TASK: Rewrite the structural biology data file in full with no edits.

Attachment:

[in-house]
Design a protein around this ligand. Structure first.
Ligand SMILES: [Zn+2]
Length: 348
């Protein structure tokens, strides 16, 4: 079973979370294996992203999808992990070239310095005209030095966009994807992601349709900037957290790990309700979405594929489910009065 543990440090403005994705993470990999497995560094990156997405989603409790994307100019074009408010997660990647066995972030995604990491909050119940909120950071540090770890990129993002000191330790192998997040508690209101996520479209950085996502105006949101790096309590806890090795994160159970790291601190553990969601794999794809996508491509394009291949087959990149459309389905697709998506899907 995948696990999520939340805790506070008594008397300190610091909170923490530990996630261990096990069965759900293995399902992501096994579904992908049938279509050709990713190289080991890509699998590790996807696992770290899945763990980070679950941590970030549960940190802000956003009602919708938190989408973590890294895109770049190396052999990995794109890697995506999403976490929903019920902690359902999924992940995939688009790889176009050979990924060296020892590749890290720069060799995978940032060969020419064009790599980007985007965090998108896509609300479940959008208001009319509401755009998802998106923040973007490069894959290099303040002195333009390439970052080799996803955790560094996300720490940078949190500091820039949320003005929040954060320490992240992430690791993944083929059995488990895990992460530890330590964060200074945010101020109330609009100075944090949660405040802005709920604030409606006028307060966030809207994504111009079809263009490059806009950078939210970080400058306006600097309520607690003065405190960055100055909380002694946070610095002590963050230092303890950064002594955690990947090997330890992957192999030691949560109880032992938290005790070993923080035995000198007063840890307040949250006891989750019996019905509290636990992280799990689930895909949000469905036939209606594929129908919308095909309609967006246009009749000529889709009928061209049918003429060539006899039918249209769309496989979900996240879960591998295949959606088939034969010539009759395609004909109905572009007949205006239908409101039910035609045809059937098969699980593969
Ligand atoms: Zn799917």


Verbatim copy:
[in-house]
Design a protein around this ligand. Structure first.
Ligand SMILES: [Zn+2]
Length: 348
């Protein structure tokens, strides 16, 4: 079973979370294996992203999808992990070239310095005209030095966009994807992601349709900037957290790990309700979405594929489910009065 543990440090403005994705993470990999497995560094990156997405989603409790994307100019074009408010997660990647066995972030995604990491909050119940909120950071540090770890990129993002000191330790192998997040508690209101996520479209950085996502105006949101790096309590806890090795994160159970790291601190553990969601794999794809996508491509394009291949087959990149459309389905697709998506899907 995948696990999520939340805790506070008594008397300190610091909170923490530990996630261990096990069965759900293995399902992501096994579904992908049938279509050709990713190289080991890509699998590790996807696992770290899945763990980070679950941590970030549960940190802000956003009602919708938190989408973590890294895109770049190396052999990995794109890697995506999403976490929903019920902690359902999924992940995939688009790889176009050979990924060296020892590749890290720069060799995978940032060969020419064009790599980007985007965090998108896509609300479940959008208001009319509401755009998802998106923040973007490069894959290099303040002195333009390439970052080799996803955790560094996300720490940078949190500091820039949320003005929040954060320490992240992430690791993944083929059995488990895990992460530890330590964060200074945010101020109330609009100075944090949660405040802005709920604030409606006028307060966030809207994504111009079809263009490059806009950078939210970080400058306006600097309520607690003065405190960055100055909380002694946070610095002590963050230092303890950064002594955690990947090997330890992957192999030691949560109880032992938290005790070993923080035995000198007063840890307040949250006891989750019996019905509290636990992280799990689930895909949000469905036939209606594929129908919308095909309609967006246009009749000529889709009928061209049918003429060539006899039918249209769309496989979900996240879960591998295949959606088939034969010539009759395609004909109905572009007949205006239908409101039910035609045809059937098969699980593969
Ligand atoms: Zn799917």